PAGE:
May 31, 2015
Summary: Got a lemon, had to adjust the nib.
Out-of-the-box, the nib was an abomination against nature.
1. Hard Starts: It refused to lay down ink when beginning a word.
2. Skipping: Almost every word had missing or half-written letters.
3. Bleeding: Ink soaks through to the other side of both copy paper and
Clairefontaine paper on starting strokes, mid-strokes and end strokes.
Instead of throwing it out the window, I watched some YouTube videos about how
to hand-adjust nibs to reduce ink flow and align the tines. After a few hours
of gently pressing the shoulders of the nib and pressing the nib, face-down,
onto a hard surface, the nib is functional with the included ink cartridge and
1. Using the pen as an eyedropper is possible, but increases the ink flow.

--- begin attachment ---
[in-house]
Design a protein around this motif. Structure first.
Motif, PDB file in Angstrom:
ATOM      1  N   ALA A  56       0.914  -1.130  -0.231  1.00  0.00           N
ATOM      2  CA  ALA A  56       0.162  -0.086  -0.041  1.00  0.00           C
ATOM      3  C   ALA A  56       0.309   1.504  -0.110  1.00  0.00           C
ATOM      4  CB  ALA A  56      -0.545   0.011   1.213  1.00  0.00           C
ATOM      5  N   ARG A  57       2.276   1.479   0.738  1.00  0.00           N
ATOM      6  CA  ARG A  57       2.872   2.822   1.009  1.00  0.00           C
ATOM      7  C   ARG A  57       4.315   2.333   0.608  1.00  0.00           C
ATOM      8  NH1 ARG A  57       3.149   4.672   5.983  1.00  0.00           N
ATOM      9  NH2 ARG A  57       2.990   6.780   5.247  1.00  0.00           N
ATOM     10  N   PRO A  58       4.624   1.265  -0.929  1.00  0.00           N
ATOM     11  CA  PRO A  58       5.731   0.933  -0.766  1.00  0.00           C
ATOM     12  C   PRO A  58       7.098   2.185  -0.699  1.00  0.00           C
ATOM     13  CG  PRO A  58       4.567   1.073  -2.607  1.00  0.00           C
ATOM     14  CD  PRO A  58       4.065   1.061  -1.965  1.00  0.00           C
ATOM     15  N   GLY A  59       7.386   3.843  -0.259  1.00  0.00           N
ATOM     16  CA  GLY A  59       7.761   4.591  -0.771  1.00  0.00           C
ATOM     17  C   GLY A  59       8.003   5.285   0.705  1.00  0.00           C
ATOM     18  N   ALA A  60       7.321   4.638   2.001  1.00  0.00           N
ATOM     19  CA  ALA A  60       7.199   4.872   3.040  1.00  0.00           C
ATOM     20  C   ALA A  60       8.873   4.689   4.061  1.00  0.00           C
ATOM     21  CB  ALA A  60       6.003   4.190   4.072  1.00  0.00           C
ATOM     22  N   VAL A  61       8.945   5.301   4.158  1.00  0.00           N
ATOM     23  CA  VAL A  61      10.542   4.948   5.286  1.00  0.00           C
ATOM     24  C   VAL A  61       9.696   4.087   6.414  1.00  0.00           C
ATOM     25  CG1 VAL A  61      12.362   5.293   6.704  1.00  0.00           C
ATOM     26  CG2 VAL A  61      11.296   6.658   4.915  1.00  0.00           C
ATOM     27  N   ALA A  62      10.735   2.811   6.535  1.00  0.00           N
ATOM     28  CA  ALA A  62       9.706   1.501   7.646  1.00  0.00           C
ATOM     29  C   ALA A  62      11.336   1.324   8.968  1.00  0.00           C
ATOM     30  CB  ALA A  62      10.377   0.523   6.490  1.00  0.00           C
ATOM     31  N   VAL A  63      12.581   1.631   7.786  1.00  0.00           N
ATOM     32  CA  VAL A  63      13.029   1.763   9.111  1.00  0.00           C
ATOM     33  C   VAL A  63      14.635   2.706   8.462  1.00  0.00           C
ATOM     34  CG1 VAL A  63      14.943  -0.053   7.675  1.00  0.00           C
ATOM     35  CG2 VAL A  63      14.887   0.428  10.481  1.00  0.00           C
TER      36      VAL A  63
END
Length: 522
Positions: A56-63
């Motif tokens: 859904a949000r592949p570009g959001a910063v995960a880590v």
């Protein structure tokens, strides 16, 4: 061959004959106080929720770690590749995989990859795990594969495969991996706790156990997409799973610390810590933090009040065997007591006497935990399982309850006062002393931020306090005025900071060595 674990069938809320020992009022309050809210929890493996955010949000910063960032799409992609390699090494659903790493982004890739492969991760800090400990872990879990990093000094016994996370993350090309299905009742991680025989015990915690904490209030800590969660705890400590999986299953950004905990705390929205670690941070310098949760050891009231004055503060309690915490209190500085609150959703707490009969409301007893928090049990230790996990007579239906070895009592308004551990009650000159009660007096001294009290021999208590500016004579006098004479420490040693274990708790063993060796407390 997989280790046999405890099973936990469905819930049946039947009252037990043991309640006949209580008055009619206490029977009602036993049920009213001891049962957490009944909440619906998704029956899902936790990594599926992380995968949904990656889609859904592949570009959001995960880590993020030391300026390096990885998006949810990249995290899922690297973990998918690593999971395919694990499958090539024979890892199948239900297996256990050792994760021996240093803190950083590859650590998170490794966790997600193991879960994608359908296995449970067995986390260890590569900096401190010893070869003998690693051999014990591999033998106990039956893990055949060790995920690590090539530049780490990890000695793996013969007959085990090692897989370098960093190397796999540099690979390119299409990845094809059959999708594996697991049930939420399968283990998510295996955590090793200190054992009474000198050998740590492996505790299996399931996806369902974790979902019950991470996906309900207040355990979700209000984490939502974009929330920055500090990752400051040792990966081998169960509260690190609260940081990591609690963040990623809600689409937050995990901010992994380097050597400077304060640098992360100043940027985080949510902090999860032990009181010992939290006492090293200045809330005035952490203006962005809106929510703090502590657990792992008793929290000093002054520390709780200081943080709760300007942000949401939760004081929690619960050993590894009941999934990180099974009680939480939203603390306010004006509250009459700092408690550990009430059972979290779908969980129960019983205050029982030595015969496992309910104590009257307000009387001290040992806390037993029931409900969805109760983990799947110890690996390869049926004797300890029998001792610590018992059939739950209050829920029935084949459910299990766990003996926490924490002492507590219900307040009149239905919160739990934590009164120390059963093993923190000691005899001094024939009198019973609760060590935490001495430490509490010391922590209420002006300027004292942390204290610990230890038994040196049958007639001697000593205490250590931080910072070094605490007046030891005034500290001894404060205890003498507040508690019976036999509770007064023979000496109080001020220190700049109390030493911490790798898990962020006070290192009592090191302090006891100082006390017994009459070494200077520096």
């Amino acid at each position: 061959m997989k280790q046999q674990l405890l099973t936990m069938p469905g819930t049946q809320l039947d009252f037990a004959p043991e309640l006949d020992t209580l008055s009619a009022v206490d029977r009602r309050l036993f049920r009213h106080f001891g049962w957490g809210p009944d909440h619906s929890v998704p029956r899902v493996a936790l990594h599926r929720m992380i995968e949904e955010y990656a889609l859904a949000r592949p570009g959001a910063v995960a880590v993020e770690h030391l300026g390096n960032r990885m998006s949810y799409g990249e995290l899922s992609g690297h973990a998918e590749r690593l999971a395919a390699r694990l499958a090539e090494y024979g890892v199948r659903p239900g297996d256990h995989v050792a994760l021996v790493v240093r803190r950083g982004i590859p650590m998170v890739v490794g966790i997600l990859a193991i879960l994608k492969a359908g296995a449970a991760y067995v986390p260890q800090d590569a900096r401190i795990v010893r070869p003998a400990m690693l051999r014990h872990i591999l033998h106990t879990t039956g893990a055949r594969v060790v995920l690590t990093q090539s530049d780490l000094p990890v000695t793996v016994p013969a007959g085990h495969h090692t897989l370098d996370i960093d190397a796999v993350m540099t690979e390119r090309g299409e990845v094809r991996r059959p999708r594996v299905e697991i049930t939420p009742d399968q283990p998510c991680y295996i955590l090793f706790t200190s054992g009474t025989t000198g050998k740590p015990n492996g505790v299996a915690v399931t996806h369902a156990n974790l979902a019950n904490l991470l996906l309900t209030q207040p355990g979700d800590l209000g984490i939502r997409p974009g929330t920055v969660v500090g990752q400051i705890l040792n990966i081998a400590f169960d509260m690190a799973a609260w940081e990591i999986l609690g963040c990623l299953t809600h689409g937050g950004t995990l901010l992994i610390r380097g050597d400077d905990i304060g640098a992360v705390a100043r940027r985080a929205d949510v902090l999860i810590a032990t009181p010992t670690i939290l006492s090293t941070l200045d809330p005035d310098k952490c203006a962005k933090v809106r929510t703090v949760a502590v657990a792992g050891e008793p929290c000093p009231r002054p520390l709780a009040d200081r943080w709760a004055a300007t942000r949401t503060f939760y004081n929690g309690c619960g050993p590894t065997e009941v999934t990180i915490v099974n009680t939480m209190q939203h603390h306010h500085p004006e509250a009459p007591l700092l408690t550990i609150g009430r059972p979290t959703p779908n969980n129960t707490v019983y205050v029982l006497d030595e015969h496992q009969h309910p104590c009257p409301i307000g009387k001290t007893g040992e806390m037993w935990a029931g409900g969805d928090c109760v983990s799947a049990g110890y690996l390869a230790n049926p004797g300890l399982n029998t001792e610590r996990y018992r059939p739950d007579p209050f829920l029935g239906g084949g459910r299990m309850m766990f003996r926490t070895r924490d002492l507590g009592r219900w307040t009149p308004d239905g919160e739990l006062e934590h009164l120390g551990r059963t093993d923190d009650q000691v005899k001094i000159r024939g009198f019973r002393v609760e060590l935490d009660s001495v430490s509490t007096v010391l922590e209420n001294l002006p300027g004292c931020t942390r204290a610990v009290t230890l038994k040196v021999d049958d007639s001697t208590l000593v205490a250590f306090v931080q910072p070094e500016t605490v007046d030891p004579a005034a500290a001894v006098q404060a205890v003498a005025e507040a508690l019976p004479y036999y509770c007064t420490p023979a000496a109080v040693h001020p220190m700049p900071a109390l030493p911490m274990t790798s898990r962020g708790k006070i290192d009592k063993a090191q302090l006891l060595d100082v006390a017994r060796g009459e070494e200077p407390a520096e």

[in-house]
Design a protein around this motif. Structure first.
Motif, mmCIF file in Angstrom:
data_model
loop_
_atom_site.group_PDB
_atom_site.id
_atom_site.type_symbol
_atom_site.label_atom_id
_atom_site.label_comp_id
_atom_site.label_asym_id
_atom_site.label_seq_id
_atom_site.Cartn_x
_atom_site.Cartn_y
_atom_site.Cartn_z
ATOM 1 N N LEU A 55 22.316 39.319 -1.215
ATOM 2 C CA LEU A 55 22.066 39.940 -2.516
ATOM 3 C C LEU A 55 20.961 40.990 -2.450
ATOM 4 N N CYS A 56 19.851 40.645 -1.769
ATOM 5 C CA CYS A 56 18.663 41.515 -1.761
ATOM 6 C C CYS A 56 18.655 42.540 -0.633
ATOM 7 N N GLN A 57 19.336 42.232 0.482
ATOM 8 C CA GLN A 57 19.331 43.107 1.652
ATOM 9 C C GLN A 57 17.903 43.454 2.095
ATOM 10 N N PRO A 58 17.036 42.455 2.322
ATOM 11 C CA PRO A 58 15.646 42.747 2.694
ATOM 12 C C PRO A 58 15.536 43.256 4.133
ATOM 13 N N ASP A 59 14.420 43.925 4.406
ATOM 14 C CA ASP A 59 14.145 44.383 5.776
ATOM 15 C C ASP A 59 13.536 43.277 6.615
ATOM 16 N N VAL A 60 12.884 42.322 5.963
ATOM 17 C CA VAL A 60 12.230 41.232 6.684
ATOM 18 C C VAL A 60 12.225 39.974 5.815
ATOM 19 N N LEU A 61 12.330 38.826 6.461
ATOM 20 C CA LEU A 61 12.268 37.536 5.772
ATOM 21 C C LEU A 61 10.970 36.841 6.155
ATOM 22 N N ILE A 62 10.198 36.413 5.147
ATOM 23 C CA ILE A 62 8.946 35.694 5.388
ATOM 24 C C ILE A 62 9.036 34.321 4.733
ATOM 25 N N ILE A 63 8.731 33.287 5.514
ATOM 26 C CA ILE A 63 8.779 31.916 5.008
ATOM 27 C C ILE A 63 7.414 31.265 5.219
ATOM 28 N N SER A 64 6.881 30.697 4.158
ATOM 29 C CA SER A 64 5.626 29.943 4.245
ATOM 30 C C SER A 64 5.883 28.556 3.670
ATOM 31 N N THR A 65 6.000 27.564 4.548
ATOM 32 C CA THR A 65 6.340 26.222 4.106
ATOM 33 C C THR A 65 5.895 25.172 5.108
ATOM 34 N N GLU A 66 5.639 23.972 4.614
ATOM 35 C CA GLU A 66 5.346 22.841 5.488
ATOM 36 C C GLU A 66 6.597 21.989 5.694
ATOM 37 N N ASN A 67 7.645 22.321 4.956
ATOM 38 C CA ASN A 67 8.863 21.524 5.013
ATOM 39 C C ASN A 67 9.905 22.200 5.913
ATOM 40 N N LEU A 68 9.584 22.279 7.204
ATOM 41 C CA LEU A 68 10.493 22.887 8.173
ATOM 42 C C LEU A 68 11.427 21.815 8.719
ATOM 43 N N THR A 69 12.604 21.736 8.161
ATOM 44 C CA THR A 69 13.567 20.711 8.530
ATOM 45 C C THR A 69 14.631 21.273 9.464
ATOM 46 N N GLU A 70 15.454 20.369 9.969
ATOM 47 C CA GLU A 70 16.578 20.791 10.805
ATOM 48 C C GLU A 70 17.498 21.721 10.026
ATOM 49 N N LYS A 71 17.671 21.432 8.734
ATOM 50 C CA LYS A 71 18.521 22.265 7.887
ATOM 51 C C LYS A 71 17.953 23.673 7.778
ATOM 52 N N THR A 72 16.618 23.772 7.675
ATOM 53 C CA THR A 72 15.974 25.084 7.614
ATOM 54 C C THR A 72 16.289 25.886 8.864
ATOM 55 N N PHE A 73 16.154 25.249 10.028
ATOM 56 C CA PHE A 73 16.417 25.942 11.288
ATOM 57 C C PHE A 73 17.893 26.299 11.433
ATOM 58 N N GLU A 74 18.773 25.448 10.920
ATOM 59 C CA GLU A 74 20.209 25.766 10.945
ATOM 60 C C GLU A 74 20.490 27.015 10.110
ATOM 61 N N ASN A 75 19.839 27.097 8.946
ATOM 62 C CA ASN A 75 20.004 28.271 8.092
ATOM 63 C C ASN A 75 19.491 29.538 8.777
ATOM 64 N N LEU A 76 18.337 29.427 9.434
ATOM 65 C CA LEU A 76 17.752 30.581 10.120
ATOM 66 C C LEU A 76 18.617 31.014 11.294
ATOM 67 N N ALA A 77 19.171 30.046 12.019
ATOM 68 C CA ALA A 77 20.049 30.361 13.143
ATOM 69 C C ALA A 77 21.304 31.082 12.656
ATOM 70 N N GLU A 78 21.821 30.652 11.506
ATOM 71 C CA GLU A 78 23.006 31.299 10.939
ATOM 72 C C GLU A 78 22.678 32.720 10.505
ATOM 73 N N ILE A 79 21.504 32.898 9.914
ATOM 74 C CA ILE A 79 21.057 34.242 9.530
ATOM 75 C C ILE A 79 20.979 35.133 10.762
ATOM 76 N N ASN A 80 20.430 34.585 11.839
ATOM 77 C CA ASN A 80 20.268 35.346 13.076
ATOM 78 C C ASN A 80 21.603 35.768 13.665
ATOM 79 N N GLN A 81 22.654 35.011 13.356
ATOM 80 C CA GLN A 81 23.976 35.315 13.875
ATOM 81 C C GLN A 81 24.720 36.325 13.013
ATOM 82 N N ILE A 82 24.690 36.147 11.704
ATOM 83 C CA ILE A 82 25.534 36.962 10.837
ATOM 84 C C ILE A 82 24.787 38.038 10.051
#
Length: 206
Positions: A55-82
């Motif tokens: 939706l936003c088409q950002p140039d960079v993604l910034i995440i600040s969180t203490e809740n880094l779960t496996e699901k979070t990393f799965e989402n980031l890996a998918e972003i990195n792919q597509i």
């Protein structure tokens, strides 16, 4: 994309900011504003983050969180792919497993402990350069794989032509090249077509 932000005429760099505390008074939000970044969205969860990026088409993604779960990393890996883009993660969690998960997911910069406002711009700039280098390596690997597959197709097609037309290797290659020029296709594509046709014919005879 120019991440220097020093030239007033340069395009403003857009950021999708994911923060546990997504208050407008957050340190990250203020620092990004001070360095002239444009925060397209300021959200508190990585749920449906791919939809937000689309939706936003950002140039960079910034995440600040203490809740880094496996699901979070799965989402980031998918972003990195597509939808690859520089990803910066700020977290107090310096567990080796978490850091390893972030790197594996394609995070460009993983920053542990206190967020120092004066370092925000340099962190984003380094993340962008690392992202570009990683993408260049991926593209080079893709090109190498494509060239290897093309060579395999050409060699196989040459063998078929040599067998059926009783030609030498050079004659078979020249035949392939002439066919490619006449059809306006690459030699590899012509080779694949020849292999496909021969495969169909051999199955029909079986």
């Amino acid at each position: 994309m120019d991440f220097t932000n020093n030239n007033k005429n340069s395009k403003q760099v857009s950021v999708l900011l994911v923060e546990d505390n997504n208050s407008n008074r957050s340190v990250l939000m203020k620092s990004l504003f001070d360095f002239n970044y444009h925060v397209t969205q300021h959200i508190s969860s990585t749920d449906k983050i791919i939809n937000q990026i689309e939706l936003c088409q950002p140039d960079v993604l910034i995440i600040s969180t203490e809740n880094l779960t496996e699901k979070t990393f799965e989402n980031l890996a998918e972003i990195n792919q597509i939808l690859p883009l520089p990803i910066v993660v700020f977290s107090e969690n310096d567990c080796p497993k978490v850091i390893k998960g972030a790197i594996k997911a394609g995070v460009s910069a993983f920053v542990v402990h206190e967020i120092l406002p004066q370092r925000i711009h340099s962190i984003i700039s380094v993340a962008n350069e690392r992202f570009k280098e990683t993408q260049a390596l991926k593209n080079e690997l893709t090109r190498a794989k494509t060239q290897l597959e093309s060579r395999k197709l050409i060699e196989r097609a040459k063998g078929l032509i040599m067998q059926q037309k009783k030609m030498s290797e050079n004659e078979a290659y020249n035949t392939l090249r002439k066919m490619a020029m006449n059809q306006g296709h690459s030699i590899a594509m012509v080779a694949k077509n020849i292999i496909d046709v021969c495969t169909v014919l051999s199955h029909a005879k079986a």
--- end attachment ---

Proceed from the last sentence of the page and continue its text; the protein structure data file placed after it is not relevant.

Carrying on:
2. Even after I adjusted the nib, two relatively-expensive Japanese inks still
bled through Clairefontaine paper with this pen. I even tried to refill the ink
cartridge with the Japanese ink, but it still bled through on the starting
strokes and the end strokes.
3. Montblanc grey ink does not cause bleed through when used in eyedropper
configuration. After nib adjustment, this ink worked well with this pen.
4. The included Kaweco ink in the cartridge dries into a pleasant, desaturated
blue-purple. After nib adjustment, this ink worked well with this pen.
Conclusion: I got a lemon nib, so if you buy this, I would advise you to be
prepared to adjust the nib. After adjustment, the pen works will with some
inks, especially more viscous inks or "drier" inks.